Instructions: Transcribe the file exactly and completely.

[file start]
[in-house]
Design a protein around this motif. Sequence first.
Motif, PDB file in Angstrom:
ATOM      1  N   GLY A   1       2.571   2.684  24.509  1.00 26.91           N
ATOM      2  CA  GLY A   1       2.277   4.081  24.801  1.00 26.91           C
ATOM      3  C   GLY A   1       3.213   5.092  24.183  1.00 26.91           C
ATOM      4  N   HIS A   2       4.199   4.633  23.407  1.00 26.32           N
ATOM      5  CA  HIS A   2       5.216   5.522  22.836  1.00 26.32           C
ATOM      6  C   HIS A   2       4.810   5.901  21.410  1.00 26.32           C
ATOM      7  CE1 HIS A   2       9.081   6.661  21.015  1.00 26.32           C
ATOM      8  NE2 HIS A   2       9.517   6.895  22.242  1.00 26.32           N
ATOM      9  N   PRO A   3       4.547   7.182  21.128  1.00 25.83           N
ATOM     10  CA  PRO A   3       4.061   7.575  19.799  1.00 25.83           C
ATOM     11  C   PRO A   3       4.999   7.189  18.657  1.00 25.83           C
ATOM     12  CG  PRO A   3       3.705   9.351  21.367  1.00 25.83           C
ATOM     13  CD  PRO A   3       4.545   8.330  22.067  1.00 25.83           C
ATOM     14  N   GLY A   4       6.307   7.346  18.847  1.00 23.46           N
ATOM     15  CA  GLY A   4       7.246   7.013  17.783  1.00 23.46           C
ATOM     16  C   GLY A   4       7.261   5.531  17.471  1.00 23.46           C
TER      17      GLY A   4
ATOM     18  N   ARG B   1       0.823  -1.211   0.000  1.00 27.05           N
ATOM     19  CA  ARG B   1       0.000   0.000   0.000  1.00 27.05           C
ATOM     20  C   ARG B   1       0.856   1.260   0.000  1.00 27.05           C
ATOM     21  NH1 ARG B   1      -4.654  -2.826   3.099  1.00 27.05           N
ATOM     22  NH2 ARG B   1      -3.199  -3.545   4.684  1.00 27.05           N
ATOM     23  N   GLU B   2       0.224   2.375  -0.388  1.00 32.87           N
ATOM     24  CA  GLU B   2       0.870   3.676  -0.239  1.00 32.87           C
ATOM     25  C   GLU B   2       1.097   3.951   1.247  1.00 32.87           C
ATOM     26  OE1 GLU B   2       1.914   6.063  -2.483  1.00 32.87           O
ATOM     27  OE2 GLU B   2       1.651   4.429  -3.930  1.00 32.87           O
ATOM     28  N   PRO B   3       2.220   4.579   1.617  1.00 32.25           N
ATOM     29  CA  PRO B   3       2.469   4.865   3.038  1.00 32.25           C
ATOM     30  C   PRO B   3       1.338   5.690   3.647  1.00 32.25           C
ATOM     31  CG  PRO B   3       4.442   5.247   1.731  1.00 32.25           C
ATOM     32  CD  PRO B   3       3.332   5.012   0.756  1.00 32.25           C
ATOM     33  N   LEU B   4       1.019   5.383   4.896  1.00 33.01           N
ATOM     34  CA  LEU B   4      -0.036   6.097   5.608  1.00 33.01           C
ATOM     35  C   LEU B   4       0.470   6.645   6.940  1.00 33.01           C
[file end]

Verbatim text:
[in-house]
Design a protein around this motif. Sequence first.
Motif, PDB file in Angstrom:
ATOM      1  N   GLY A   1       2.571   2.684  24.509  1.00 26.91           N
ATOM      2  CA  GLY A   1       2.277   4.081  24.801  1.00 26.91           C
ATOM      3  C   GLY A   1       3.213   5.092  24.183  1.00 26.91           C
ATOM      4  N   HIS A   2       4.199   4.633  23.407  1.00 26.32           N
ATOM      5  CA  HIS A   2       5.216   5.522  22.836  1.00 26.32           C
ATOM      6  C   HIS A   2       4.810   5.901  21.410  1.00 26.32           C
ATOM      7  CE1 HIS A   2       9.081   6.661  21.015  1.00 26.32           C
ATOM      8  NE2 HIS A   2       9.517   6.895  22.242  1.00 26.32           N
ATOM      9  N   PRO A   3       4.547   7.182  21.128  1.00 25.83           N
ATOM     10  CA  PRO A   3       4.061   7.575  19.799  1.00 25.83           C
ATOM     11  C   PRO A   3       4.999   7.189  18.657  1.00 25.83           C
ATOM     12  CG  PRO A   3       3.705   9.351  21.367  1.00 25.83           C
ATOM     13  CD  PRO A   3       4.545   8.330  22.067  1.00 25.83           C
ATOM     14  N   GLY A   4       6.307   7.346  18.847  1.00 23.46           N
ATOM     15  CA  GLY A   4       7.246   7.013  17.783  1.00 23.46           C
ATOM     16  C   GLY A   4       7.261   5.531  17.471  1.00 23.46           C
TER      17      GLY A   4
ATOM     18  N   ARG B   1       0.823  -1.211   0.000  1.00 27.05           N
ATOM     19  CA  ARG B   1       0.000   0.000   0.000  1.00 27.05           C
ATOM     20  C   ARG B   1       0.856   1.260   0.000  1.00 27.05           C
ATOM     21  NH1 ARG B   1      -4.654  -2.826   3.099  1.00 27.05           N
ATOM     22  NH2 ARG B   1      -3.199  -3.545   4.684  1.00 27.05           N
ATOM     23  N   GLU B   2       0.224   2.375  -0.388  1.00 32.87           N
ATOM     24  CA  GLU B   2       0.870   3.676  -0.239  1.00 32.87           C
ATOM     25  C   GLU B   2       1.097   3.951   1.247  1.00 32.87           C
ATOM     26  OE1 GLU B   2       1.914   6.063  -2.483  1.00 32.87           O
ATOM     27  OE2 GLU B   2       1.651   4.429  -3.930  1.00 32.87           O
ATOM     28  N   PRO B   3       2.220   4.579   1.617  1.00 32.25           N
ATOM     29  CA  PRO B   3       2.469   4.865   3.038  1.00 32.25           C
ATOM     30  C   PRO B   3       1.338   5.690   3.647  1.00 32.25           C
ATOM     31  CG  PRO B   3       4.442   5.247   1.731  1.00 32.25           C
ATOM     32  CD  PRO B   3       3.332   5.012   0.756  1.00 32.25           C
ATOM     33  N   LEU B   4       1.019   5.383   4.896  1.00 33.01           N
ATOM     34  CA  LEU B   4      -0.036   6.097   5.608  1.00 33.01           C
ATOM     35  C   LEU B   4       0.470   6.645   6.940  1.00 33.01           C